Expat Interview: On The Road With Mel Giroux

Expat Interview: On The Road With Mel Giroux

This is part nine in my new Expat Interview Series, where I interview interesting expats around the world. I’m hoping this series of posts will provide some insight into what it is like to live overseas, and might even encourage a few people to pack their bags and make the move!

Meet Melissa Giroux, a digital nomad from Quebec, Canada, who has been living abroad for more than two years.  Melissa currently lives in England and works as a digital nomad.  Before she moved to the UK, she lived in Australia for almost two years and travelled extensively around Southeast Asia. Mel writes about all her adventures of her travel blog A Broken Backpack where you can follow her colourful travels.

What made you move abroad?

I wanted to try the nomadic lifestyle and have a life of travel.  As my budget was quite limited, I had no other choice; I had to move abroad on a working-holiday visa.

How long have you been living abroad?

I’ve been living abroad now for two and a half years.

What is the most difficult thing about living so far from home?

I reckon the hardest part is to deal with the stuff happening at home.  In two years, a lot of things happened.  My best friend got pregnant (and I missed all of it), my Mum’s situation got worse (she has Multiple Sclerosis) and I fell in love on the road.  When something big happens, you realize how far you really are and this can be painful especially if you’re on your own.

 

How did you make friends when you first arrived?

When I moved to Australia, I found a flat share with other backpackers or International students. We were basically 11 people sharing a pretty modern flat in Sydney.  Fair enough, it was, perhaps, too many people,  but they became my temporary family.

Then, I fell in love and travelled across Australia with the boyfriend, who is English. And here I am, in England.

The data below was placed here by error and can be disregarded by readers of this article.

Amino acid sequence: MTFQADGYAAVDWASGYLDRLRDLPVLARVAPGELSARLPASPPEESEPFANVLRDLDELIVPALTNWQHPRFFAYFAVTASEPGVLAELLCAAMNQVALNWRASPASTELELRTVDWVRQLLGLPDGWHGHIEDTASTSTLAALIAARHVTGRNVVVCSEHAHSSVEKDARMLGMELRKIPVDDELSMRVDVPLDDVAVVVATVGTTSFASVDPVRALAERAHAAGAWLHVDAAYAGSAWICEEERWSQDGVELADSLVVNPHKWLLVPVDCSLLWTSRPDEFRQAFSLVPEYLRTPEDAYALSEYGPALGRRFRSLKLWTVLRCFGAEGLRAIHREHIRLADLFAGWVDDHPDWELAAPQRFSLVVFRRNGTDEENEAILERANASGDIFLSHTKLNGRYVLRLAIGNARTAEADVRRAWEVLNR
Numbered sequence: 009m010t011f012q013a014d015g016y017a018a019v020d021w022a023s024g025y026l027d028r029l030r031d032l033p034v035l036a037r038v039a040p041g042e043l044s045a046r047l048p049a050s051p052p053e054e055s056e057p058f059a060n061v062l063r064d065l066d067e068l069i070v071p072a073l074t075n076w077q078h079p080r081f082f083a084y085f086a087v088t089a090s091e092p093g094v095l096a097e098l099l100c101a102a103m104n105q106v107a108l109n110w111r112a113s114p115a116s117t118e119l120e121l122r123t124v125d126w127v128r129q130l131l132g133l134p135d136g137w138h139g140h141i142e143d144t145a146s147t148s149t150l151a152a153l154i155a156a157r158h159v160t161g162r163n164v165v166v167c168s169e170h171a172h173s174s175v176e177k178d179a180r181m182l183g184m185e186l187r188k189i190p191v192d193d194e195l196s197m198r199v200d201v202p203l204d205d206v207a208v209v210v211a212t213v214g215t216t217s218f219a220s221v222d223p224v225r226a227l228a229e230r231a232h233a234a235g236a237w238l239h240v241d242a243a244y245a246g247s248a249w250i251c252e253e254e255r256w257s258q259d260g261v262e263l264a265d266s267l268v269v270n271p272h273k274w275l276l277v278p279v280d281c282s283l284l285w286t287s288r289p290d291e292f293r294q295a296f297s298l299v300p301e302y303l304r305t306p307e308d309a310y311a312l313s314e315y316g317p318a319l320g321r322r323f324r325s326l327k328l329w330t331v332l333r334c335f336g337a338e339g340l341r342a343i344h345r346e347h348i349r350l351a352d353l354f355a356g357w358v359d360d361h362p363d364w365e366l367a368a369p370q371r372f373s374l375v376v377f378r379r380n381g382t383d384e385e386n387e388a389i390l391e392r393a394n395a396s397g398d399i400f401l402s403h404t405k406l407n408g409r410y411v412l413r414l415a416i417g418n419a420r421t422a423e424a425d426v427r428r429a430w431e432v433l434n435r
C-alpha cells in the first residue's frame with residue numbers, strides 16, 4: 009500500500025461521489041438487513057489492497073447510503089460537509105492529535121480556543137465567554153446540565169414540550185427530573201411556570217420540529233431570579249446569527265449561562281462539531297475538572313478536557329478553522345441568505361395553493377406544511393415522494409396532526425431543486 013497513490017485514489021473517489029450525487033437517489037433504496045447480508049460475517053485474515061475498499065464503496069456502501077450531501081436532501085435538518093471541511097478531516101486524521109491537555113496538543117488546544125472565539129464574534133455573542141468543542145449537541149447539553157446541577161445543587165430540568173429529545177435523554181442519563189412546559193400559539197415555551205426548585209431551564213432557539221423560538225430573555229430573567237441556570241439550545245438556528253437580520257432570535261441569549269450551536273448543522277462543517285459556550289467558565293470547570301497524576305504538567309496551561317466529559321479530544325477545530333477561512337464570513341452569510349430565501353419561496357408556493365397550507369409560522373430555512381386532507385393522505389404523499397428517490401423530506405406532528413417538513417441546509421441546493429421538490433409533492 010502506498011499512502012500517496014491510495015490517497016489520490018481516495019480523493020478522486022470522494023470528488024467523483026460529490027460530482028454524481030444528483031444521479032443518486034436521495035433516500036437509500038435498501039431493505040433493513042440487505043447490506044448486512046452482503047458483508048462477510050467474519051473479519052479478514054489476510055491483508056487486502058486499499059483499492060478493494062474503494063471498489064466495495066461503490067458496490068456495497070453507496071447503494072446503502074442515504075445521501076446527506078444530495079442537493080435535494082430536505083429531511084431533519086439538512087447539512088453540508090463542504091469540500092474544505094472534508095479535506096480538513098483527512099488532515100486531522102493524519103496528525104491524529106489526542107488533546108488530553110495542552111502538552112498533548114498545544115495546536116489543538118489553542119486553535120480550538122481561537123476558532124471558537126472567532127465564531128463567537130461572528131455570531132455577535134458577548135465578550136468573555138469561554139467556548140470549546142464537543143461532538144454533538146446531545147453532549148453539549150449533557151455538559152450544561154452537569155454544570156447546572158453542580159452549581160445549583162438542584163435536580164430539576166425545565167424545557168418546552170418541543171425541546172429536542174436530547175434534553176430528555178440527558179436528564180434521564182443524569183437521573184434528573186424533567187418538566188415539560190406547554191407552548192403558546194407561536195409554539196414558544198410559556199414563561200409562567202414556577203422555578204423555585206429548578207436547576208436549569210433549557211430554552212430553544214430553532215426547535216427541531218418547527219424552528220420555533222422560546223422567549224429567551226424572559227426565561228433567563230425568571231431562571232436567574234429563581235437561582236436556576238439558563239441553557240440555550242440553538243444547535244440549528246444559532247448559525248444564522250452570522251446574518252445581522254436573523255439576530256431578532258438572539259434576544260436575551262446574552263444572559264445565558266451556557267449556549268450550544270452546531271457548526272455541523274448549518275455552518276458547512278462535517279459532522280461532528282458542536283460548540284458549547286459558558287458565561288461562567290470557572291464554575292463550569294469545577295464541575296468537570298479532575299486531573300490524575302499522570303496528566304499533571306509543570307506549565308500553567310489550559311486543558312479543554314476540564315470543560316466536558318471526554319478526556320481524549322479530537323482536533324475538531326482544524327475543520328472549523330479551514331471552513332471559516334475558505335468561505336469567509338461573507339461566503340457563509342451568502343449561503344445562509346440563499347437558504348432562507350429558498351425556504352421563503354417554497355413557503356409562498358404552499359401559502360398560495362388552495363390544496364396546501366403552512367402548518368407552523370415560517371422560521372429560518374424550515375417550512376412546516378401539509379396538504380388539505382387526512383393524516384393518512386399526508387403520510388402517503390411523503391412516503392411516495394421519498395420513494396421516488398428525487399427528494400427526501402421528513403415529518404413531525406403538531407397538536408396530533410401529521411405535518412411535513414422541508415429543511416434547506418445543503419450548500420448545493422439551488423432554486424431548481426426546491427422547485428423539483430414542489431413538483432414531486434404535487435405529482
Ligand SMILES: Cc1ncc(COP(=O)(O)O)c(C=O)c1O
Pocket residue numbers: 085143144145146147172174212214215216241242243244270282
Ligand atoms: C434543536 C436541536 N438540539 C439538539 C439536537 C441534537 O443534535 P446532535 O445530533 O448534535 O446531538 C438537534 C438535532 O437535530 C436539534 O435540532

What do you love the most about being an expat?

I love the challenge of getting out of my comfort zone to learn how to become comfortable somewhere else.  I became a farmer in Australia for a quite a while, and in the end, I learned how to appreciate this lifestyle.

Now that I concentrate on my blog and on my digital nomadism, I love the freedom behind it.  As long as I have WiFi, I can live wherever I want.

 

Has anything funny happened due to cultural differences or language barriers?

Of course, and it still happens a lot!  I’m a French Canadian, so it was a big challenge to move to Australia.  I wasn’t perfectly bilingual back then and I was struggling to understand the magnificent Aussie accent.  I tried to be a waitress.  It lasted one night.  Here I was, trying to pick the order from one of our customers.  He ordered a green tea.  Well, he did but I couldn’t understand what he was saying.  I had to make him repeat three times before I left the table to go see my boss to confess; I had no idea what he wanted. It was quite challenging.  But, in the end, I did manage to become an expert in dairy farming with a whole new English vocabulary.

 

 

How do you cope when things are going badly?

I’m not always very good especially when it concerns my Mum.  I get overstressed easily so I might have been that girl crying in that mixed twelve bed dorm in Cambodia.  But, somehow, I always managed to get through everything.  I simply need to remember that it could be worse and I’ll learn something from it.  Backpacking across Southeast Asia helped me let go of a lot of things.

 

Do you think you travel a lot more now because you live overseas?

Well, as a Canadian, it’s quite hard to travel long distances or even in my own country.  For some reason, flights are very pricey which is annoying.  Moving to Australia was a smart move for me as I could play around the neighbourhood; New Zealand, Japan, Southeast Asia… There was a lot more possibilities.  Now that I live in Europe, it’s also easier (and cheaper) to travel around.

 

What are your future plans? 

As long as I live in England, I’ll be travelling once a month in other countries around here.  I’ll be here for another few months and then, there’s a possibility that we will move to New Zealand.  We’re not quite sure yet, but we’ll see what 2017 has in the bank for us.

If you could give one piece of advice about moving abroad, what would it be?

Embrace everything.  The time will fly by so make the most of it!  You’ll always remember this time when you were living in…

 

Want to read more about Mel and here adventures? Follow Melissa on Instagram or Facebook.

 

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